American Towns Built Around Horses

by Matt

Horsetown USA: Three American Cities With Horses in Their DNA

No matter what your discipline is, chances are you can strike up a conversation with any horseman. We might have different saddles and ideas about the length of a horse’s mane, but we’ve got similar passions when you come right down to it, and similar needs, too, like green-space preservation, or access to a variety of feed and farm suppliers.

In some spots, the benefits of horsemen sharing their needs has resulted in some pretty special places. They’ve got beaches and mountains, corrals and polo fields, but there’s one thing these three American towns have in common: they’re built around the horse.

Aiken, South Carolina

Aiken, once a sleepy Southern town, became a watering-hole for the wealthy in the late nineteenth century. By the early decades of the twentieth century, it was a hub for polo and horse racing. Today, horsemen with every sort of tack populate Aiken, and the town has evolved into an equestrian paradise, including 70 miles of riding trails within the 2,100 acre Hitchcock Woods forest preserve, within the city limits. A traffic light features a signal change button at rider height, so that equestrians don’t have to dismount to cross Whiskey Road.

And the show and social calendar intermingle, so that everything from steeplechasing and exhibition racing to polo, fox-hunting, eventing, and rodeo riding is on offer regularly. Visit Aiken in March for the Aiken Trials, when young Thoroughbreds who have been training all winter are given their first taste of racing, in a spectacular event that brings out 10,000 tailgaters for an elegant afternoon of sport.

Norco, California

In Norco, the horse is just as important as he was before the advent of motor vehicles. More than 400 acres of parkland and more than 100 miles of riding trails lend themselves to the residents who prefer to make their way to town on horseback, and once they’re there, the handy hitching post out front of many businesses lets them tie up their horses, Olden Days-style, while the riders become shoppers and diners for a few hours.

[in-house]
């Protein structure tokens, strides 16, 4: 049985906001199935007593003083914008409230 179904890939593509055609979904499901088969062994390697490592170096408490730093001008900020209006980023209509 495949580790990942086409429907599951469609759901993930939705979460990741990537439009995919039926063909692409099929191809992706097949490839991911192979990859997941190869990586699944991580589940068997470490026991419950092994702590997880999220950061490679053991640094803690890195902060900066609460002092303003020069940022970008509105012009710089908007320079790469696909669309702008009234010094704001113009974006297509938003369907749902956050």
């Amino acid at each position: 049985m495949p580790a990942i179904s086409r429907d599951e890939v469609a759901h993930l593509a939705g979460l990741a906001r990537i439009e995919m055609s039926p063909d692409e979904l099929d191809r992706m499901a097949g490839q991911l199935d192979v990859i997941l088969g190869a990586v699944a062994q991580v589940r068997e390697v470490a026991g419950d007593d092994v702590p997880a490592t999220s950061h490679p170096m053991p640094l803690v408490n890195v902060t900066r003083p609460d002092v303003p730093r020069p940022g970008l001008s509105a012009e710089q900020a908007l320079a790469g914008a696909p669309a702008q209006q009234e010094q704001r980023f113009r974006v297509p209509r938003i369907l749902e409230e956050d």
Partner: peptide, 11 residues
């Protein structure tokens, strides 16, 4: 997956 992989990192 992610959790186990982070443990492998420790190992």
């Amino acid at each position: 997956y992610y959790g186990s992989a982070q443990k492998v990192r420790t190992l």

Norco has the slogan of “HorseTown USA” right on their welcome sign, and the city streets are truly lined with bridle paths: this was a city that didn’t accidentally become a mecca for equestrians: it was built that way! The local equestrian center has a busy calendar with barrel racing on weeknights, gymkhanas, team roping, breed shows, and hunter/jumper shows on the weekends, and open riding sessions during weekdays. In Norco, the horse is part of everyday life on a scale not seen anywhere else in the country.

Wellington, Florida

If you love your horses, but you need your beach-time, Wellington is the answer. Located near West Palm Beach and its Bahama-blue Atlantic waters, Wellington is an equestrian “village” with trails, arenas, polo fields, and palm trees. Just bring your checkbook if you’re thinking of house-shopping; your neighbors will include Bill Gates and New York City Mayor Michael Bloomberg, at least seasonally. Their daughters, along with thousands of other equestrians, spend months out of the year competing in the Winter Equestrian Festival, a three-month horse show extravaganza for hunter/jumpers.

Not into jumping? Wellington Classic Dressage’s busy show calendar has recently been joined by the Global Dressage Festival. And Wellington was founded on polo, with more than 60 polo fields in play during the winter months, drawing the greatest players from around the world with their ponies and mallets.

The more than 12,000 horses that are in residence, at least during the winter, has prompted the Village of Wellington to designate special equestrian zoning, preserving equestrian properties against high-dollar subdividers and keeping public and private equestrian trails, used to access training facilities from home stables, safe from closure.

Visit Wellington anytime between January and March for a taste of the equestrian high-life (and a trip to the beach!).

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